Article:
More than 30,000 plastic bottles could disappear from Scotland’s streets and green spaces every day under the planned deposit return scheme, a report has revealed.

Estimated figures from Zero Waste Scotland show the dramatic scale of potential litter reduction under the scheme, which will see consumers pay a 20p deposit on single-use cans and bottles, with the money being refunded when containers are returned.

With the 20p incentive not to throw away empties, Zero Waste Scotland believes there could be a 90 per cent reduction in litter from containers included in the scheme.

This would result in almost 31,000 fewer plastic bottles dropped in Scotland each day – more than 11 million in a year.

Jill Farrell, chief operating officer for Zero Waste Scotland, said: “Scotland’s deposit return scheme is going to make people think twice about dropping their empty bottles.

“Our new figures reveal just how big a difference that will make in reducing litter all across Scotland.

“From our beaches to the parks in our cities, there will be fewer bottles and cans spoiling our beautiful country.

“Scotland’s deposit return scheme will give people a 20l incentive to do the right thing with their empty bottles and cans – take them back for recycling, rather than risk them ending up on our streets or in our rivers.

READ MORE: Scottish deposit return scheme: Cans and bottles to carry 20p deposit to save waste 

“Litter isn’t just an eyesore – It also pollutes out environment and seas. And for every bottle littered, more plastic had to be created, generating more planet-damaging emissions.

“When you take back your empty bottles to be recycled, you’ll not just be getting your 20p back – you’ll be doing your bit in the fight against the climate emergency.”

According to UK parliament figures, people in Scotland go through a staggering 694 million plastic bottles every year, and almost 12.5 million of these are littered.

Zero Waste Scotland’s figures for the potential reduction in bottles being dropped in Scotland is based on the Scottish Government’s target of a 90 per cent capture rate under the scheme.

While it is accepted that reaching this target is dependent on Scots widely participating in the scheme, the figures have been welcomed by environmental groups who claim it will make a massive difference.

Richard Dixon, director of Friends of the Earth Scotland, said: “This analysis shows the huge benefit that the new deposit return scheme will bring.

“The number of bottles and cans that are carelessly chucked away every year is mind-boggling and the new scheme will reduce waste, clean up the countryside and reduce climate emissions.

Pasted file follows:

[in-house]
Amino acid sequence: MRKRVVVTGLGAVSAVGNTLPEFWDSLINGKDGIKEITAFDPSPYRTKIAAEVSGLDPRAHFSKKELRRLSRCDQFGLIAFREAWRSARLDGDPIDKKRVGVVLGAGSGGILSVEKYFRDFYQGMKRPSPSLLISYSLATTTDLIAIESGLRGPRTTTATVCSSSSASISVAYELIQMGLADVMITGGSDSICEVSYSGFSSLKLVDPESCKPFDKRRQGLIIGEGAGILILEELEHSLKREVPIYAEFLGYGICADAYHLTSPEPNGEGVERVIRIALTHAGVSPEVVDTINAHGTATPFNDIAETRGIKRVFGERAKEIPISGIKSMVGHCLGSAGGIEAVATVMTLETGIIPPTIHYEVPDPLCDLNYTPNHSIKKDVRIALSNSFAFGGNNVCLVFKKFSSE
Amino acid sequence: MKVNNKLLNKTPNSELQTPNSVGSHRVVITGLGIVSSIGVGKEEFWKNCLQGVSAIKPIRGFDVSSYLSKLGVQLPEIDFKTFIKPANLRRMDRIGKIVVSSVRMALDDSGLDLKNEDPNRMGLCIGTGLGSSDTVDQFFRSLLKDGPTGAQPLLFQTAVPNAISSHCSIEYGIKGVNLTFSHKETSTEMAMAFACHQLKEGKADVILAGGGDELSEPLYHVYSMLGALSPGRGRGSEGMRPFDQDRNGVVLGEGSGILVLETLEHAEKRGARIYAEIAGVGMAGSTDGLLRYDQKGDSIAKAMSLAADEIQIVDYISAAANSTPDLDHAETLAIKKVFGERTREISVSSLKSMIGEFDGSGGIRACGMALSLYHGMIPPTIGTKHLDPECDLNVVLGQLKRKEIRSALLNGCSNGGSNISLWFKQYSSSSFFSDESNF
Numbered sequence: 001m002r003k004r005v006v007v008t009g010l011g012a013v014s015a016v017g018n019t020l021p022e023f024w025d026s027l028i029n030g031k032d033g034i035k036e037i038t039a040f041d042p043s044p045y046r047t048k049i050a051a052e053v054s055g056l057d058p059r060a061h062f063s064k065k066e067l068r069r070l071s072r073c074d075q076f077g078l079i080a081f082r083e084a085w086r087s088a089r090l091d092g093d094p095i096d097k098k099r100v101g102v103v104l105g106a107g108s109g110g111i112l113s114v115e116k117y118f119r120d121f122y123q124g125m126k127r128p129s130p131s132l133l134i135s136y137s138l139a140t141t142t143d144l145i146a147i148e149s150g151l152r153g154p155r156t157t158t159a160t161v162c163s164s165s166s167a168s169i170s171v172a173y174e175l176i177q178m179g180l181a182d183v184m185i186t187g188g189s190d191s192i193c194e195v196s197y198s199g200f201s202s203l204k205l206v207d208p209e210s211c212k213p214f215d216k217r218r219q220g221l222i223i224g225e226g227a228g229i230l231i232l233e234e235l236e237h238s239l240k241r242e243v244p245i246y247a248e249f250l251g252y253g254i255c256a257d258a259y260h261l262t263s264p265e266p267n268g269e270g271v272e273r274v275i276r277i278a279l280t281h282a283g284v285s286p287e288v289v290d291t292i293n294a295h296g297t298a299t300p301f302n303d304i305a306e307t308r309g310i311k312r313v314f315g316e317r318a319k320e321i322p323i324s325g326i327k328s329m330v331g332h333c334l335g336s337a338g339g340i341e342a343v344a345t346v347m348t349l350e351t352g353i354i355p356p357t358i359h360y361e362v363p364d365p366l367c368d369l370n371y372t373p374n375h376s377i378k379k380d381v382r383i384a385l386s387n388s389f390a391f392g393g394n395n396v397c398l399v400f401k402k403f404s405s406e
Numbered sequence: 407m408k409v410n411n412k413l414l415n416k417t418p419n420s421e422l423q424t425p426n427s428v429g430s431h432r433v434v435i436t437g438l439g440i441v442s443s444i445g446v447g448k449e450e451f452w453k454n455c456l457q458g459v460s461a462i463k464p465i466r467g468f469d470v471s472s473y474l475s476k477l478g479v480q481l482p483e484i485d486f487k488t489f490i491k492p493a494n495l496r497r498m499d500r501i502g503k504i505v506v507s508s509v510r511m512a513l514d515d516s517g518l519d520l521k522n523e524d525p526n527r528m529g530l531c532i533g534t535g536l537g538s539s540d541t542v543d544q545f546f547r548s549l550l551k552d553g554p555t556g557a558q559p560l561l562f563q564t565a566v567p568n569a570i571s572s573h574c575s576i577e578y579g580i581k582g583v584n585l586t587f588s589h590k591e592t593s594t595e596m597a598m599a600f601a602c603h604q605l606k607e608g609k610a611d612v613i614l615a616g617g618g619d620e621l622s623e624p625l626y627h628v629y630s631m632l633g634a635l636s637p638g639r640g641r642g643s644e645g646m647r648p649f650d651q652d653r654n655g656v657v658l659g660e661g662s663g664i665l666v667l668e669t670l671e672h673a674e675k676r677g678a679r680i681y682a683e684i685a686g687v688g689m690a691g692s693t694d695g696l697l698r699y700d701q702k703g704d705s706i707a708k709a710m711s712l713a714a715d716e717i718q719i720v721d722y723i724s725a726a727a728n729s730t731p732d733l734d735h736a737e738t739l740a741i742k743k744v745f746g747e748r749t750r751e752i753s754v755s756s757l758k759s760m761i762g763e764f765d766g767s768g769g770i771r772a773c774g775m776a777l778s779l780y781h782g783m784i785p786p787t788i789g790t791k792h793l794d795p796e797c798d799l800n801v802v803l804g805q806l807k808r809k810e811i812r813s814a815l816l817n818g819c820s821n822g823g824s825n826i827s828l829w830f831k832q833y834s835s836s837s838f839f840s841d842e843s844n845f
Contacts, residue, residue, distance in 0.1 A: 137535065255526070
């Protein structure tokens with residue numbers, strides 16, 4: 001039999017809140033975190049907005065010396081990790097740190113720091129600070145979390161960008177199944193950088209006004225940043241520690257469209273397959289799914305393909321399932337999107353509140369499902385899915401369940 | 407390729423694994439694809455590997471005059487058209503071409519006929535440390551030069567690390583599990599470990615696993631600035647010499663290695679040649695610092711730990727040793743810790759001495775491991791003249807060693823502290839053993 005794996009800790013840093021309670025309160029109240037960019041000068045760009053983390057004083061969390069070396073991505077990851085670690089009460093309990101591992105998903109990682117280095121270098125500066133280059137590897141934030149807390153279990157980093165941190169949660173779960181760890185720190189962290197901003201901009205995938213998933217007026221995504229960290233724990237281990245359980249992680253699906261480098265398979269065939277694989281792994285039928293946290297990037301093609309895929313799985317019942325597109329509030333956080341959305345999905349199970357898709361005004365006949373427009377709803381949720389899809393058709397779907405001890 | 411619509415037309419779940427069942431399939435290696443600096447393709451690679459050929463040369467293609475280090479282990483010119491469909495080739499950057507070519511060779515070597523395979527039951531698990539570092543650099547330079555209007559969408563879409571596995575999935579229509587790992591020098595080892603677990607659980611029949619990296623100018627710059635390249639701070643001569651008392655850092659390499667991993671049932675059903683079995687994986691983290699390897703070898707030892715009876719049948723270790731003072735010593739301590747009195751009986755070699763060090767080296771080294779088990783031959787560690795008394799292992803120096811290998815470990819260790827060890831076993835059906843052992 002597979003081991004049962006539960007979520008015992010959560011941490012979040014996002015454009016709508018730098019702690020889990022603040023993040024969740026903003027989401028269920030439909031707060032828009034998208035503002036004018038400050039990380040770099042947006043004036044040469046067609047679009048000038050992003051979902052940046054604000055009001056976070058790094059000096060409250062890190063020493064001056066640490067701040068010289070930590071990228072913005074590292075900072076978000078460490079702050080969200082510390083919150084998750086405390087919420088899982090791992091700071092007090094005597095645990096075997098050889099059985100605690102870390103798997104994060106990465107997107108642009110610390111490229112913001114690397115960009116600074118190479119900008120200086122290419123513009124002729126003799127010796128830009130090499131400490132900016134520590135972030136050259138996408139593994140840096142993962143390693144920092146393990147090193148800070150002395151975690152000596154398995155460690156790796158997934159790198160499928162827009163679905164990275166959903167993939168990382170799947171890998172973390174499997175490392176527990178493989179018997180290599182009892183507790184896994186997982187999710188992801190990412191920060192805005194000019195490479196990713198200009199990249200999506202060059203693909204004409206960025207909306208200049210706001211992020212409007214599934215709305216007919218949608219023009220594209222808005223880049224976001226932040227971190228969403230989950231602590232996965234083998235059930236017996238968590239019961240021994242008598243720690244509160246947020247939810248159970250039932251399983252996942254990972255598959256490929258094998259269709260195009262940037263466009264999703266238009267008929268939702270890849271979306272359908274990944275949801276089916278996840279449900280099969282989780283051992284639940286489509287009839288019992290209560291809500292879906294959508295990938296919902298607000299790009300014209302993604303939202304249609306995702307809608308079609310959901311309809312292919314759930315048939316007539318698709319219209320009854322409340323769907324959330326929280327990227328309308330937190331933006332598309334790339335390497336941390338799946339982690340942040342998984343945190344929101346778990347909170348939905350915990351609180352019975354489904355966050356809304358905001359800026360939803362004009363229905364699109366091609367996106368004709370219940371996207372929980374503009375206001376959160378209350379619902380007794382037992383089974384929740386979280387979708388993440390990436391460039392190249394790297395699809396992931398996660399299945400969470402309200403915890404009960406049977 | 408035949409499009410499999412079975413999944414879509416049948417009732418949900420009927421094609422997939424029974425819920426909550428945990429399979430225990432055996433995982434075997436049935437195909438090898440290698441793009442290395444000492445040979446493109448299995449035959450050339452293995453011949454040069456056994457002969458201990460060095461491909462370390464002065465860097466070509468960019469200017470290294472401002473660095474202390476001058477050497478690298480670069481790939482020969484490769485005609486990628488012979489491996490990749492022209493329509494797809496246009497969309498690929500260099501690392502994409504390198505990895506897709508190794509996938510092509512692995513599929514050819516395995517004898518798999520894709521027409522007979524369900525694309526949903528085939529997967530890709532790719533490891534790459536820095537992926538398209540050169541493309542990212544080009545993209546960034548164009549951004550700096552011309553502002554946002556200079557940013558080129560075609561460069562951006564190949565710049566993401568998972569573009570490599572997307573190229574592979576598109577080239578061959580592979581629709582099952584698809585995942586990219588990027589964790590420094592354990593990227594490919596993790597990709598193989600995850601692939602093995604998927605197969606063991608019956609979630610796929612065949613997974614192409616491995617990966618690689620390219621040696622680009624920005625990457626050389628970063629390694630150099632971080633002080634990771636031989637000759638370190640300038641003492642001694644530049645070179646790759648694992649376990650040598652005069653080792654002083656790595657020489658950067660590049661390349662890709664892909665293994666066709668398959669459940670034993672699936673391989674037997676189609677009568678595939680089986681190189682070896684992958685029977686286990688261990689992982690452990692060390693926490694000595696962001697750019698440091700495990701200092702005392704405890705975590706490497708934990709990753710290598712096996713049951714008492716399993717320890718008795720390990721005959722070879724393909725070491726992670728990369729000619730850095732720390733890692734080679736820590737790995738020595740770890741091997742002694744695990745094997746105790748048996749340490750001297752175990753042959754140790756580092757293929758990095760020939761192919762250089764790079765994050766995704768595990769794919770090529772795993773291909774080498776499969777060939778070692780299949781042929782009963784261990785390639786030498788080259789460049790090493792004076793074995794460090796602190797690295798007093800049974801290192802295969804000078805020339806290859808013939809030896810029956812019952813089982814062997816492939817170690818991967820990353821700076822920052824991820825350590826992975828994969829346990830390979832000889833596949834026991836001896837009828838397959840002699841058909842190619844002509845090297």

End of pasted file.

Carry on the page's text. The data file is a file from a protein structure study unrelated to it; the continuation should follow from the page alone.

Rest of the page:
“The deposit return scheme is going to make a huge difference and it can’t come soon enough.”

Scotland is the first nation in the UK to commit to a return scheme following a consultation on the design of the scheme last year.

The Scottish Government intends to introduce legislation later this year. Once the regulations are passed by the Scottish Parliament, there will be an implementation period of at least 12 months before the scheme is established.
Environmental charity Keep Scotland Beautiful said it is vital that the scheme is implemented well.

READ MORE: 72% would welcome UK-wide deposit return system for drink containers 

Derek Robertson, chief executive of the charity, said: “All our evidence shows clearly that litter levels have been increasing and are at the highest levels for a decade.

“We welcome the part that a deposit return system can play in reducing the plague of plastic bottles and cans littering our streets and open spaces.

“The system implemented needs to ensure that it maximises its impact on litter and makes us all live more sustainably – we need to reduce bottle and can use as well as recycle those we must use more effectively.

“However, the implementation decisions will be crucial – we must get the detail right.”

According to the figures, the introduction of the scheme could result in 3500 fewer plastic bottles being littered each day in Glasgow and 1000 fewer in Eilean Siar.

Zero Waste Scotland also claims that with plastic bottles accounting for just one of the materials included in the scheme, the overall impact on litter is expected to be even greater.